May 14, 2004
New Mexico Public Education Department
300 Don Gaspar
Santa Fe, NM 87501-2786

Ruth Williams
Public Outreach Director
(505) 476-0393

Model Apprenticeship Program to Premiere in Gadsden
Holds Potential for Improving Region’s Economy

(Santa Fe, NM)--A unique apprenticeship program will premiere in the Gadsden Independent Schools in January 2005 that holds the potential for improving the region’s economy. The “Technical Bridge Apprenticeship Pilot Program” will provide 40-50 students from Gadsden and Santa Teresa High Schools with the training necessary to enter a technical career in manufacturing.

Partners for the project are the Office of Governor Bill Richardson, U.S. Senator Jeff Bingaman, the Public Education Department, New Mexico Office of Workforce Training and Development, Gadsden schools, New Mexico State University (NMSU), Dona Ana Branch Community College (DABCC) and Southwest Manufacturing Consortium.

“This program is important because it will fulfill two key roles. Not only will it prepare students for challenging careers, it also will help meet a need within the business community. I am pleased that federal funding is being used to get this program started, and I am seeking additional funding to expand the program next year,” Sen. Bingaman said.

Senator Bingaman’s office helped create the program by identifying a need within the community, outlining the goals of the program and identifying the source of federal funds that is supporting it. A total of $140,000 in federal Carl D. Perkins Vocational and Technical Education funds is supporting equipment needs for the program. The goal is for the program to expand to the Las Cruces Public Schools.

“Both the Gadsden and Las Cruces schools are in an area that is in dire need of economic development and has tremendous industrial growth potential. The skilled labor force required by area employers is not available, resulting in fewer new companies coming to the region,” said Anthony Hyde, director of the NMSU Manufacturing and Technology Center, and Jerry Welch, DABCC division dean.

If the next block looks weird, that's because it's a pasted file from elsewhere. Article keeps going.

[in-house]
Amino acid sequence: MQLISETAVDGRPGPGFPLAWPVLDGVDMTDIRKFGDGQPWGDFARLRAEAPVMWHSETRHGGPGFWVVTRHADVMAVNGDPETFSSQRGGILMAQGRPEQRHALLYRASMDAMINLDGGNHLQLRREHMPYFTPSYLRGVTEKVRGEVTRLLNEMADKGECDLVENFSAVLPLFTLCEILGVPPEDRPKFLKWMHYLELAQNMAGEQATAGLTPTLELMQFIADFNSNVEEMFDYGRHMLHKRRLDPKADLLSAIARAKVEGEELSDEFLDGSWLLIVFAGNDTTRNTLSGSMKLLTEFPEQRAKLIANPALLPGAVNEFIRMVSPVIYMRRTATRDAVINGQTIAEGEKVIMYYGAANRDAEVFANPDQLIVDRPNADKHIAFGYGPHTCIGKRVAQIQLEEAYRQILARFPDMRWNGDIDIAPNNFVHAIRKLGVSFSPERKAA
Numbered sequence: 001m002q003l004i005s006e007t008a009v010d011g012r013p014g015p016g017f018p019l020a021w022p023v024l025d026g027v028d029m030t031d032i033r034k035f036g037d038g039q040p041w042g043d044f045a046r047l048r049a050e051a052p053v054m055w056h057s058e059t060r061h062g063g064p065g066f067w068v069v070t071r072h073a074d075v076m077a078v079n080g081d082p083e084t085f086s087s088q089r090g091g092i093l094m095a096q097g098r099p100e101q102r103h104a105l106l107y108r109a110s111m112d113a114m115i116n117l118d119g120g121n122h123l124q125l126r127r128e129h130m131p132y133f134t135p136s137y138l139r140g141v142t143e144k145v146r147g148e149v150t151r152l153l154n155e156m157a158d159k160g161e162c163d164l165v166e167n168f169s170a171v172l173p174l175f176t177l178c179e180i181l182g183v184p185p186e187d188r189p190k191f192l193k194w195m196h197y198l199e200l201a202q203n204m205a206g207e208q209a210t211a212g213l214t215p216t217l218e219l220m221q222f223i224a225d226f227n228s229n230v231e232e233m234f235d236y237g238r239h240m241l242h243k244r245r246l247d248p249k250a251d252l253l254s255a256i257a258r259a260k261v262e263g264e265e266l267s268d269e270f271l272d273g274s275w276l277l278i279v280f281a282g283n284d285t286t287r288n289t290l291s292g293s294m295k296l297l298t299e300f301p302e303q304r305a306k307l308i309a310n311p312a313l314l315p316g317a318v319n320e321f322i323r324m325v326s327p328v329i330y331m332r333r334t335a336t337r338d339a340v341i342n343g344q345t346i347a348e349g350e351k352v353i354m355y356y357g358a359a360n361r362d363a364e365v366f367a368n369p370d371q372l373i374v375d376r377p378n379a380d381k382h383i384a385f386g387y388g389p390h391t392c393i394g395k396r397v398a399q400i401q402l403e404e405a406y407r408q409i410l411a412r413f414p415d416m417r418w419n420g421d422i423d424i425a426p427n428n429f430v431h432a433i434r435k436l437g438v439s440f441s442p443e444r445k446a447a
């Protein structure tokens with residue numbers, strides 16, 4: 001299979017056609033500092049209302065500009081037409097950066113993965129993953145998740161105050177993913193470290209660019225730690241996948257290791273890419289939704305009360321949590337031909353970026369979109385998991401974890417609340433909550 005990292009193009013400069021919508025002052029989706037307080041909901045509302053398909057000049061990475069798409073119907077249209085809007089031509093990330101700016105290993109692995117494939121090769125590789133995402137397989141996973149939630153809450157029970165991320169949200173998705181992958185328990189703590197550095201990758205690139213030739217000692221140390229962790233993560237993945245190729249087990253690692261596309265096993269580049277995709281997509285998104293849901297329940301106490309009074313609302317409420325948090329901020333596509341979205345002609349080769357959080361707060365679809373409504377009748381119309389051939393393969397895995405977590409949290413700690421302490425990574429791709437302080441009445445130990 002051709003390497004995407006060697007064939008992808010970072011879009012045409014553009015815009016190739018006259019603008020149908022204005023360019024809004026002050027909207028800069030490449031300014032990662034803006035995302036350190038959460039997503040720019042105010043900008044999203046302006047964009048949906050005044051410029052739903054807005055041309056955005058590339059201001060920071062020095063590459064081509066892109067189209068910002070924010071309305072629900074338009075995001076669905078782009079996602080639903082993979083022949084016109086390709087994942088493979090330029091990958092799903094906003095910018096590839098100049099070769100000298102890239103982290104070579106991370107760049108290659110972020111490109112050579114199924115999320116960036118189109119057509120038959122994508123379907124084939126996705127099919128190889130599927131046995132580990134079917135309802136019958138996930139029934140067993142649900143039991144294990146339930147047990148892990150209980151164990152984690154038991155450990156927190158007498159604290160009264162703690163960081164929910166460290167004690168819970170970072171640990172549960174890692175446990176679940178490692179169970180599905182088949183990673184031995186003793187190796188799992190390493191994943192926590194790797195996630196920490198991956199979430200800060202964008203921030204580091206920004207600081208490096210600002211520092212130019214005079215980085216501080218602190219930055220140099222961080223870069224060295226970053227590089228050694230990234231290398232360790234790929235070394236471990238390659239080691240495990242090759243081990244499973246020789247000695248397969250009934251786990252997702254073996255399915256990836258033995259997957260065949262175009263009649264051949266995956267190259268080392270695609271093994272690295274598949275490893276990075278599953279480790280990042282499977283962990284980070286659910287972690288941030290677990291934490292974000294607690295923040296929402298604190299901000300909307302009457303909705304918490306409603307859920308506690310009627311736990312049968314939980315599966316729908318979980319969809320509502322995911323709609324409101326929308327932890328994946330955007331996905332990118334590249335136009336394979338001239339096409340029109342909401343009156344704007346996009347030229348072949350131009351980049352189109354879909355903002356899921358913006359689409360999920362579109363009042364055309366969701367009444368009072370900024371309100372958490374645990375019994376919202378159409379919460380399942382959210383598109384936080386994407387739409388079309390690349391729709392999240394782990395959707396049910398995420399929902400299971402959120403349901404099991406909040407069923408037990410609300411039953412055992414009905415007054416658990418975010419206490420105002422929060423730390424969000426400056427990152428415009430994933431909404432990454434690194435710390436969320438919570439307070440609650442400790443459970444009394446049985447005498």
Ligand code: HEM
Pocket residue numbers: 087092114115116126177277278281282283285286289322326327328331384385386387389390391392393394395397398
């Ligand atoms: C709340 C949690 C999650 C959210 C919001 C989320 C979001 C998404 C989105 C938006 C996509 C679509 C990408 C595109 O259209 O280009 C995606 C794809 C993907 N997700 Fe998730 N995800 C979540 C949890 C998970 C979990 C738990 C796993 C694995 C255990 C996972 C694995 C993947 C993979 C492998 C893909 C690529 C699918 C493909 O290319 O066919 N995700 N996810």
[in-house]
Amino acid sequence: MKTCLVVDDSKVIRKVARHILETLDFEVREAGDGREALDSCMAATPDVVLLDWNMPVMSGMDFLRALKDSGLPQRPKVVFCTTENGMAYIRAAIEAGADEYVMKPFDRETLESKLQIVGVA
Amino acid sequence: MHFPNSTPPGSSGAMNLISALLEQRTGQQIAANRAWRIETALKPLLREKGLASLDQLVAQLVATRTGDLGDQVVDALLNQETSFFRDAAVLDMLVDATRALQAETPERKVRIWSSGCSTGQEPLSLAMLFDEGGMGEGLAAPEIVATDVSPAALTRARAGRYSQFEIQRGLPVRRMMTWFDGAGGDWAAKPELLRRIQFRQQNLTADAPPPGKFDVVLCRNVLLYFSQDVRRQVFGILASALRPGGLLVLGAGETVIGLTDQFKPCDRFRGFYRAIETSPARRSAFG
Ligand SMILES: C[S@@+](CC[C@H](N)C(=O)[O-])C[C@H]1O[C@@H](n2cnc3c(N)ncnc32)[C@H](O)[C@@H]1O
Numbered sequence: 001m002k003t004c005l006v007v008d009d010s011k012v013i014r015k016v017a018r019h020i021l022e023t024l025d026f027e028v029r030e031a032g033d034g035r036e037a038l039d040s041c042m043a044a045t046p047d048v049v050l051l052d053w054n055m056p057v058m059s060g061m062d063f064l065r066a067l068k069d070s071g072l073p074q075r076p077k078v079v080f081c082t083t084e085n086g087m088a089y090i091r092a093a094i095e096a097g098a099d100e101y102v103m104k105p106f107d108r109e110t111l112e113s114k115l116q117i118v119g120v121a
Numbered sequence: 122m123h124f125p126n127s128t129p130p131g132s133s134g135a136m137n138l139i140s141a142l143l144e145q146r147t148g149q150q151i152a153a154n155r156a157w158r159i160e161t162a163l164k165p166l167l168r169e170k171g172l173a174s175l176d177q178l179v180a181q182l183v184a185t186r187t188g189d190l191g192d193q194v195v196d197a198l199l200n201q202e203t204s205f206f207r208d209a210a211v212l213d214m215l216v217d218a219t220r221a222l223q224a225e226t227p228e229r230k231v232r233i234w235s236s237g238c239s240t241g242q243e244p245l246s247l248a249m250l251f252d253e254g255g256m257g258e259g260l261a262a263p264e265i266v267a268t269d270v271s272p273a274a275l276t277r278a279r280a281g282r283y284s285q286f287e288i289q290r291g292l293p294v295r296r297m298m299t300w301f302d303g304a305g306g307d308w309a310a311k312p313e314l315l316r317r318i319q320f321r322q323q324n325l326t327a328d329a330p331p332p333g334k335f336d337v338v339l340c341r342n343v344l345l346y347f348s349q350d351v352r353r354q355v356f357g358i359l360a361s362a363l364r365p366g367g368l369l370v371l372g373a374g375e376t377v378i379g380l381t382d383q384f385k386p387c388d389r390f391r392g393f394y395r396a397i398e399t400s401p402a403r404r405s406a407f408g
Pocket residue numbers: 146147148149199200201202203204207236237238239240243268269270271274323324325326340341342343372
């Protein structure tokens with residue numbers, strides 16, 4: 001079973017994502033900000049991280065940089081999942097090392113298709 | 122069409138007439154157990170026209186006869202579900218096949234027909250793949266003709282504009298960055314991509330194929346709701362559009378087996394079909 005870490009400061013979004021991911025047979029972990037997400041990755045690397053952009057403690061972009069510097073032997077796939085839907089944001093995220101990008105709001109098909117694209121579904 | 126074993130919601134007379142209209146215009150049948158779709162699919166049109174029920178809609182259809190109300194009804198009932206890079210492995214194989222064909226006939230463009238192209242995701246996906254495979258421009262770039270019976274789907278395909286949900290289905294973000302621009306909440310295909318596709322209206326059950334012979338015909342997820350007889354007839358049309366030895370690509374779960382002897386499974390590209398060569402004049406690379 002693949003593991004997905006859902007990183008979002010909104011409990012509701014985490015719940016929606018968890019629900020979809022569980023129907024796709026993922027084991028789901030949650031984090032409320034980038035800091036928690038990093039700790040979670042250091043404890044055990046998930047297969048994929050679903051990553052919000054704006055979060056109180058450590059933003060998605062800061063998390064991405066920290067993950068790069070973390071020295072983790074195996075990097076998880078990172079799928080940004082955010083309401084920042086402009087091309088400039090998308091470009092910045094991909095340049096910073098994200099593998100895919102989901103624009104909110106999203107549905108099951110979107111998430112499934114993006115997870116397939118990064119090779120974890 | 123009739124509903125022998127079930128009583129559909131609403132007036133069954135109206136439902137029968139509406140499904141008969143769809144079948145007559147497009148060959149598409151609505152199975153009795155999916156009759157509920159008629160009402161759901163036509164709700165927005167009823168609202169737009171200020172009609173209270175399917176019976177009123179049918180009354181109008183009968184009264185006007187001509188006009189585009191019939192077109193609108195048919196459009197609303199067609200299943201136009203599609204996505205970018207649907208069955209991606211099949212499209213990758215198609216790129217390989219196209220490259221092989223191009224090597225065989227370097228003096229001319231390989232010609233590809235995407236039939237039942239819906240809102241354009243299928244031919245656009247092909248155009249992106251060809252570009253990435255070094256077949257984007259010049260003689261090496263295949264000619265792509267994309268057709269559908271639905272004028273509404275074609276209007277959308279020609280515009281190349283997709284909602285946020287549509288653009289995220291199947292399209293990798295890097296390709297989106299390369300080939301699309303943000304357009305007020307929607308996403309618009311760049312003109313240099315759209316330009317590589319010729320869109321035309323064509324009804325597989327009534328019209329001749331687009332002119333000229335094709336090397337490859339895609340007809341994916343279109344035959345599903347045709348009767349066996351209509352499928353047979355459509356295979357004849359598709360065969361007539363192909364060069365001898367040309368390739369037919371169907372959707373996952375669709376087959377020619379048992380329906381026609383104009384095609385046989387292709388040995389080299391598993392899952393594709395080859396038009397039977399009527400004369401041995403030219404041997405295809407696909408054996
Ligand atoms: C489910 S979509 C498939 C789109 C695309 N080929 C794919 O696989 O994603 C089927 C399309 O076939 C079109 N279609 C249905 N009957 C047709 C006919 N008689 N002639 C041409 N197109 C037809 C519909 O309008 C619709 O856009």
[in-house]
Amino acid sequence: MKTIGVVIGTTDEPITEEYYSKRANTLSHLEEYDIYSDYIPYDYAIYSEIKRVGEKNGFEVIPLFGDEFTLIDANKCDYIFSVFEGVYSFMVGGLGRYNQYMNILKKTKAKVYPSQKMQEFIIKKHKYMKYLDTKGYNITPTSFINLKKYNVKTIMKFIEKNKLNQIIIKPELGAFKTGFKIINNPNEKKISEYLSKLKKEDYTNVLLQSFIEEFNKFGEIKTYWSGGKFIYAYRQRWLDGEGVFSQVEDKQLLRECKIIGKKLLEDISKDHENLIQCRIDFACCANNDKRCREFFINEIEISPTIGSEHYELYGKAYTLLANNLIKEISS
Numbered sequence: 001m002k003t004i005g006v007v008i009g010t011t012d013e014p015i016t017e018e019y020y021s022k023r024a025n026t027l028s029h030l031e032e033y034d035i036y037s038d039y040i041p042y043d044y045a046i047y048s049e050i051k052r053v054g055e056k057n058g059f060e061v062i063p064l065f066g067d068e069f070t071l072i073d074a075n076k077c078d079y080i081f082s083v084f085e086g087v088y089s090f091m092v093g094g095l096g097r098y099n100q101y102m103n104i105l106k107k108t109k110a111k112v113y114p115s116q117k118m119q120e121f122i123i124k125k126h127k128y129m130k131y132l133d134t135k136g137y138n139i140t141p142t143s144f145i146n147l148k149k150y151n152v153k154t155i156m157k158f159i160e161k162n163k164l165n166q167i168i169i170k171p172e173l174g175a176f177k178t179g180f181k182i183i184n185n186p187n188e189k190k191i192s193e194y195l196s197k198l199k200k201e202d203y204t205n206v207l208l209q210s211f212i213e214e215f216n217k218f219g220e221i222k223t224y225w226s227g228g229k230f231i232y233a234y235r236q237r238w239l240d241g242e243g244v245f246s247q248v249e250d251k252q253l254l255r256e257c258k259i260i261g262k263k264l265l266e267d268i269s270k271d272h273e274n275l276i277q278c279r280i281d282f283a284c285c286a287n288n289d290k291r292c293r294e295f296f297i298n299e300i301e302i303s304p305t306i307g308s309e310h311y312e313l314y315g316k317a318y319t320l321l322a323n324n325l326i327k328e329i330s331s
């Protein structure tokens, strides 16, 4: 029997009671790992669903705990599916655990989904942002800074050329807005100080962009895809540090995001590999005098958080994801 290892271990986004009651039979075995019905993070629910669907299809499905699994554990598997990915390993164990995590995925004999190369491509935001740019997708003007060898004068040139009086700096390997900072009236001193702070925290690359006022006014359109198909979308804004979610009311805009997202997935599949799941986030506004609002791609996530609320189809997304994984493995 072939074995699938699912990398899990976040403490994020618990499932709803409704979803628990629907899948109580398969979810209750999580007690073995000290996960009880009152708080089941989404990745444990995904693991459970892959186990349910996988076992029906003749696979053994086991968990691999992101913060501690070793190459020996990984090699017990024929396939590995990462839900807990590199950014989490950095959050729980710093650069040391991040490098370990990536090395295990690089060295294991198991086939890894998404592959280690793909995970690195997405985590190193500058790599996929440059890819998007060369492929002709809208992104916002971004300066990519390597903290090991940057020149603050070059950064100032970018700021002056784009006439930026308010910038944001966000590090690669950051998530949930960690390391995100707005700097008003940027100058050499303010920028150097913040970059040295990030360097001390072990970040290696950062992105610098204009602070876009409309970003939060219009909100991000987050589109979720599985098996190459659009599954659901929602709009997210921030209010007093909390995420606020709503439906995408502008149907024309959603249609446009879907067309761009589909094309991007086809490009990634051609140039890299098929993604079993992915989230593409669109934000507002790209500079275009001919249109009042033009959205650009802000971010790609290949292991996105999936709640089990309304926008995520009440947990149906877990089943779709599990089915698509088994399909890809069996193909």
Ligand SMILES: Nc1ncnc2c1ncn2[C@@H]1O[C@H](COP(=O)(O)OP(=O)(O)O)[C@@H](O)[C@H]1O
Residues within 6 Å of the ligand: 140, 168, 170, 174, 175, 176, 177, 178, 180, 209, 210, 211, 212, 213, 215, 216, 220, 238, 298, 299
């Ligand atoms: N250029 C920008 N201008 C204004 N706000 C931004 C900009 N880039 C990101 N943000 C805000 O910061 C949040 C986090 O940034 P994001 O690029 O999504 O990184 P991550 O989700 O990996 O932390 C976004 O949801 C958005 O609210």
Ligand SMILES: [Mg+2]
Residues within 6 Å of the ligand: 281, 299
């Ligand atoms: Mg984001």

Governor Richardson is fully behind the program. “This program complements our efforts to create high-wage jobs, particularly in the border region. We’re cutting taxes, improving our schools and investing in New Mexico entrepreneurship. We need trained technicians to fill the jobs we are creating,” Governor Richardson said.

Reese Fullerton, executive director of the Governor’s new Office of Workforce Training and Development, said, “By being quick and flexible we can respond to business needs and prepare the workforce to fill immediate job openings.”

Instruction will take place at the DABCC campus in Las Cruces and its satellite campus in Anthony through concurrent enrollment offerings for 11th and 12th-grade students. Students will be selected for the program through the American College Testing (ACT) WorkKeys© assessment, used in education and other sectors to help students understand their preparedness for specific jobs and careers.

Secretary of Education Dr. Veronica C. García said the program is a model that other school districts should consider. “This apprenticeship program provides training for future employment, beginning in high school and continuing through postsecondary education. Students can receive a High School Manufacturing Certificate or continue all the way to an associate’s degree and beyond. We’ve tapped the tip of the iceberg regarding this program’s potential and impact,” she said.

Through participation in the program, students can earn a High School Manufacturing Certificate and their high school diploma. This will prepare them to begin a post-high school program, resulting in a One-Year Manufacturing Certificate Program. The 15 credits required for the high school certificate can be applied to the one-year certificate program, which requires 37 credits.

A Manufacturing Technology Associate Degree is obtained upon completion of 67 credits. The degree carries three options – metal-working (leading into a certified apprenticeship program in tool and dye-setting), automation and a general option that will lead to a bachelor’s degree in Engineering Technology.

“An important aspect of this program is that each exit point provides enough training to make the student employable, and each program has concurrent enrollment, meaning credits at each phase can be applied to the next level of the program,” said Hyde and Welch.

Secretary Dr. García said, “Our hope is to see this program replicated in other areas, such as aerospace engineering, the film industry and medicine. This program and others like it hold the key to higher wages for New Mexico’s graduating students, a trained workforce and a stronger economy.”